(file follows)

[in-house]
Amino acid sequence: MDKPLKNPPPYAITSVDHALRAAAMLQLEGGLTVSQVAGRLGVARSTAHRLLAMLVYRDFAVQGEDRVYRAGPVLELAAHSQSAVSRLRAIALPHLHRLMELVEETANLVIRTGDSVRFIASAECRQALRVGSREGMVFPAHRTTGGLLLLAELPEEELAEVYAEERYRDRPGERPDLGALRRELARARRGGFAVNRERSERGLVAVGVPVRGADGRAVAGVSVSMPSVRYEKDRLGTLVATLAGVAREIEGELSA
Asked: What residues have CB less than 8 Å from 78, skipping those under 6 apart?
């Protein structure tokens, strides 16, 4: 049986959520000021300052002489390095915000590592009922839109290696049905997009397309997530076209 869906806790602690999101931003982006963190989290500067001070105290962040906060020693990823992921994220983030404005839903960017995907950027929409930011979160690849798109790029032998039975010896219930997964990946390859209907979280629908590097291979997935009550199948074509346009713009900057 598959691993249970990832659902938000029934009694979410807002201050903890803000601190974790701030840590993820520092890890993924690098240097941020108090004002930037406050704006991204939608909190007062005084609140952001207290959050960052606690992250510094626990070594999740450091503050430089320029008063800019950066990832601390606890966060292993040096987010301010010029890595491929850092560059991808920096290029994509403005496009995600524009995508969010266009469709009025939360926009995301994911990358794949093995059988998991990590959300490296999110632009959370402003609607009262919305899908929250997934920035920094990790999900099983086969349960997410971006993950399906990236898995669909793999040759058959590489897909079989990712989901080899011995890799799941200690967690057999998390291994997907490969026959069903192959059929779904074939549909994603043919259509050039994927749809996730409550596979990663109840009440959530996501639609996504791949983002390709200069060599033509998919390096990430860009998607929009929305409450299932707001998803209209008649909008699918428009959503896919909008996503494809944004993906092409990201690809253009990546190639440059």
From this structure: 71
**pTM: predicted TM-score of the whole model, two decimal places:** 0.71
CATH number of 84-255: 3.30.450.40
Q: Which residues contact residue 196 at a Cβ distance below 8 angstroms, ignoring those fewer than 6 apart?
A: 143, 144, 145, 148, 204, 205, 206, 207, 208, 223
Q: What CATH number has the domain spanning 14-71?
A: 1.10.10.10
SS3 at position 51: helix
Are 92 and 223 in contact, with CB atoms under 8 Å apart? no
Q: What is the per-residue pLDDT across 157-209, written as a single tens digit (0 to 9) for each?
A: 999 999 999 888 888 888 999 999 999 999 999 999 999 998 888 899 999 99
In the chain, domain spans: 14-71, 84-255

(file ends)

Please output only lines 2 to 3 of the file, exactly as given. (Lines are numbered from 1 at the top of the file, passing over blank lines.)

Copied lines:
Amino acid sequence: MDKPLKNPPPYAITSVDHALRAAAMLQLEGGLTVSQVAGRLGVARSTAHRLLAMLVYRDFAVQGEDRVYRAGPVLELAAHSQSAVSRLRAIALPHLHRLMELVEETANLVIRTGDSVRFIASAECRQALRVGSREGMVFPAHRTTGGLLLLAELPEEELAEVYAEERYRDRPGERPDLGALRRELARARRGGFAVNRERSERGLVAVGVPVRGADGRAVAGVSVSMPSVRYEKDRLGTLVATLAGVAREIEGELSA
Asked: What residues have CB less than 8 Å from 78, skipping those under 6 apart?